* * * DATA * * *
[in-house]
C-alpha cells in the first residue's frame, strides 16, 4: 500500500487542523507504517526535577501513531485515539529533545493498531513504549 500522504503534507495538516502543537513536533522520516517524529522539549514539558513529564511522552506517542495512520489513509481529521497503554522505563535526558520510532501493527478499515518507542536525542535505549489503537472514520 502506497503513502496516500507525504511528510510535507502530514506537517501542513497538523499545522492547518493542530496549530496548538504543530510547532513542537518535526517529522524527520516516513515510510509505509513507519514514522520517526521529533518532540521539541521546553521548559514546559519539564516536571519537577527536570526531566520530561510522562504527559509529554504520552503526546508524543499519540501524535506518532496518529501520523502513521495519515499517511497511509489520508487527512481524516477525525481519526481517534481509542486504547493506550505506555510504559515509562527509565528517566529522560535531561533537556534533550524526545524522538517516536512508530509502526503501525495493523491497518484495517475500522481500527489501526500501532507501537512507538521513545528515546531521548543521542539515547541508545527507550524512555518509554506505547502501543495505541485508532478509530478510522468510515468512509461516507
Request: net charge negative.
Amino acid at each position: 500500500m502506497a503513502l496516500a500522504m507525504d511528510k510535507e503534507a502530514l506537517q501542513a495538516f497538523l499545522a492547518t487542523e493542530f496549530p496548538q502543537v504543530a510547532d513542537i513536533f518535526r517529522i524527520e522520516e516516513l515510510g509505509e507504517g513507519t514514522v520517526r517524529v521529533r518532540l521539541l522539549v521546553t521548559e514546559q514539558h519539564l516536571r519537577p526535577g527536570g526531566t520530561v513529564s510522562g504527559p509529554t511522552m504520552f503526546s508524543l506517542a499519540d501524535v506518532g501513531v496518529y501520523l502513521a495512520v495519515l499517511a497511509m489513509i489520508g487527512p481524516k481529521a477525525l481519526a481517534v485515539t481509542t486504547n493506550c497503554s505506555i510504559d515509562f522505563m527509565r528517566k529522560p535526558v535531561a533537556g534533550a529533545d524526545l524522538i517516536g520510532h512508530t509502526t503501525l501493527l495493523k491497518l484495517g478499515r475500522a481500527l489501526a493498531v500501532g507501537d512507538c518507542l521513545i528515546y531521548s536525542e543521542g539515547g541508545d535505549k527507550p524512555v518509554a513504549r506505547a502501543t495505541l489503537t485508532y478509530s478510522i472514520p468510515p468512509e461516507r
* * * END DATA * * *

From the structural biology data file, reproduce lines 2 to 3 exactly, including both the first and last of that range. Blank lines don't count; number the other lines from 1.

C-alpha cells in the first residue's frame, strides 16, 4: 500500500487542523507504517526535577501513531485515539529533545493498531513504549 500522504503534507495538516502543537513536533522520516517524529522539549514539558513529564511522552506517542495512520489513509481529521497503554522505563535526558520510532501493527478499515518507542536525542535505549489503537472514520 502506497503513502496516500507525504511528510510535507502530514506537517501542513497538523499545522492547518493542530496549530496548538504543530510547532513542537518535526517529522524527520516516513515510510509505509513507519514514522520517526521529533518532540521539541521546553521548559514546559519539564516536571519537577527536570526531566520530561510522562504527559509529554504520552503526546508524543499519540501524535506518532496518529501520523502513521495519515499517511497511509489520508487527512481524516477525525481519526481517534481509542486504547493506550505506555510504559515509562527509565528517566529522560535531561533537556534533550524526545524522538517516536512508530509502526503501525495493523491497518484495517475500522481500527489501526500501532507501537512507538521513545528515546531521548543521542539515547541508545527507550524512555518509554506505547502501543495505541485508532478509530478510522468510515468512509461516507
Request: net charge negative.